Can you tell us the purpose of short-selling, the risks involved and how to go about it?
An investor who has a bad feeling about a stock can
sell it if he owns it and can even sell it if he doesn't. In the latter case,
he hopes that the price will fall, so that he can buy it back, restore it to
its owner and pocket the difference.
Short-selling is not the only way to speculate that a stock will fall. Buying or selling calls are two other ways, and are often overlooked. Short-selling is done not just by speculators, but also for arbitrage and hedging transactions.
Short-sellers must first borrow shares on an over-the-counter securities lending market.
Stocks are lent via intermediaries, such as specialised teams within financial institutions, who generally borrow the shares from custody services whose clients (e.g. insurance companies, collective investment organisations and pension funds) have authorised them to do so. Owners of shares lend them out in order to enhance their performance (25 to 50bp remuneration for liquid shares, but the rate can be much higher; France Télécom recently carried a 14% rate during its capital increase subscription period), secure in the knowledge that they can recover them at any time.
The lending contract most often requires a guarantee from the borrower in the form of cash or shares. The amount of the guarantee is negotiated on a case-by-case basis and is often close to 100% of the shares' value.
The short-seller later buys back the shares on the market in order to restore them to the lender, thus unwinding the transaction and its corollary, the securities loan.
Why do it?
Short-selling is a tool commonly used by financial
market intermediaries as a medium for their business. Short-selling increases
market liquidity and efficiency, sometimes helping to regulate prices, in particular
in the case of shares that look overvalued.
Short-selling allows investors to realise capital gains, even on falling markets, but also to protect their portfolio by hedging against a market correction on the shorted stock, as well as other stocks in their portfolio (this is called an imperfect hedge).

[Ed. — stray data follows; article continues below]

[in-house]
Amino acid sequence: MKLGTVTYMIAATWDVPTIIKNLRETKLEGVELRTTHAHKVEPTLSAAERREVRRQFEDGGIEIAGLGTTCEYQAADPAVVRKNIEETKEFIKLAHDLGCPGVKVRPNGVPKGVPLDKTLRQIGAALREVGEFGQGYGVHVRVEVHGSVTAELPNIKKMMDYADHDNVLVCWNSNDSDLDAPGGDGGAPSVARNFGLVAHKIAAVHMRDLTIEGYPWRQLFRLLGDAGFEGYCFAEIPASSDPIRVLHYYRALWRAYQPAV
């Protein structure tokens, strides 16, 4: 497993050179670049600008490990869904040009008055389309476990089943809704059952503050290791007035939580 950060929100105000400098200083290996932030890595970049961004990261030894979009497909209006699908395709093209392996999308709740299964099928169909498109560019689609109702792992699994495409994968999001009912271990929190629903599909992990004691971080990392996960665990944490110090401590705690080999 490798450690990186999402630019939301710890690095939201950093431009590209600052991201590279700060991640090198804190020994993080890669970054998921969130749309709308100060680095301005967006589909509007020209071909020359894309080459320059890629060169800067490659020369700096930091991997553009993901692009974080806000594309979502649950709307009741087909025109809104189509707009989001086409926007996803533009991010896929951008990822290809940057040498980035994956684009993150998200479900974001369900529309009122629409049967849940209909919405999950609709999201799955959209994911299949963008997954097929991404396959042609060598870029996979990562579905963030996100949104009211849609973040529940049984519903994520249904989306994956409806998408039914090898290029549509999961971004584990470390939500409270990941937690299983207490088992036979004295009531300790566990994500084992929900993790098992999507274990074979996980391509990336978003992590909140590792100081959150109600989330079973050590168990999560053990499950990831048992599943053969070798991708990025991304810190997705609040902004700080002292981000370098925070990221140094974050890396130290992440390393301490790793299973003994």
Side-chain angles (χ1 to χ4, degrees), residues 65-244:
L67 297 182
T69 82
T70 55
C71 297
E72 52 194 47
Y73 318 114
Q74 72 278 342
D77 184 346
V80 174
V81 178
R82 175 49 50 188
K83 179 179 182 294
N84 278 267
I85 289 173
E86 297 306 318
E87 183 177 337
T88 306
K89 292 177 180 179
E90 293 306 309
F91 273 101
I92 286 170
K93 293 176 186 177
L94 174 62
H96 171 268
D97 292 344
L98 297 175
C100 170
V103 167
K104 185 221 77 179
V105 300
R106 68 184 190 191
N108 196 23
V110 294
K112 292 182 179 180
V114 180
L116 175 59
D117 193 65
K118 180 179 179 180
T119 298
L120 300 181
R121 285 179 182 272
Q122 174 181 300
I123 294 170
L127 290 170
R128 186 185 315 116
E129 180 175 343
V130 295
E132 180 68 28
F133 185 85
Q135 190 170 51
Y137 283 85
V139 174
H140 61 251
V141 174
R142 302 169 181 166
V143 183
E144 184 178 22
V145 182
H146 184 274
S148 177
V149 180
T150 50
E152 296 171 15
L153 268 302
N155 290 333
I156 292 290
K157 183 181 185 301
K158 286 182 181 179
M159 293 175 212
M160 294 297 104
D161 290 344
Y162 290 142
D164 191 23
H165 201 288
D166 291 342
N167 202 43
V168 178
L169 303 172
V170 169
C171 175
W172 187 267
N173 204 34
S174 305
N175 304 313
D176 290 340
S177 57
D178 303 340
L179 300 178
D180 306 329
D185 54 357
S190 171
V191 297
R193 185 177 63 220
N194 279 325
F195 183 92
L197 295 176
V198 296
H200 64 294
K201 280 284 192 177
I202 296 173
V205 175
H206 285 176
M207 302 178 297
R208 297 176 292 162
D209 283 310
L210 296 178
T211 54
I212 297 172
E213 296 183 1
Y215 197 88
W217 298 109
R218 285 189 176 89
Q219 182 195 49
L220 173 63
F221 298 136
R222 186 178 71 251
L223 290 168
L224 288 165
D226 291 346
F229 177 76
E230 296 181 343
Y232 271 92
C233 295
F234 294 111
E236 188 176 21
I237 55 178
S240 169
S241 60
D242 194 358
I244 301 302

Short-selling allows investors to use leverage to avail themselves of more opportunities for investment and gain (leverage also comes into play in bullish strategies, using the French SRD system, calls and warrants).
The risks involved
The sky is the limit on short-selling. Those who are
long on a stock (i.e. who have bought the stock) risk only 100% of their investment,
no more. Short-sellers' risk is unlimited since the upside potential of share
prices is, theoretically, unlimited.
In practice, sudden rises on a reasonably liquid stock are limited to a maximum of about 10 to 15%. However, a short-seller's loss can be substantial if the stock rises significantly before he is able to buy back the shares needed to cover his short position. The risk is greater on volatile markets, or when volumes are high on a volatile stock, as the heavier the demand, the more difficult it is to buy stocks - massive amounts of short-sellers could choose this very moment to cover their positions, which would send the share price up more sharply; this is the famous short squeeze. This is also likely to increase the stock's short-term volatility.
Investors having short positions on a stock could be tempted to manipulate the price by spreading false rumours or by using the bear raid technique in order to send the price down. Such manoeuvres (which are also seen on the upside) are punishable by law.
One more thing: short-selling carries delivery risk, when the short-sellers cannot restore the shares they have borrowed. The intermediary is particularly exposed to this risk, if he has not demanded a guarantee, such as cash or shares, but also if the guarantees it does have end up being insufficient, because of share price movements.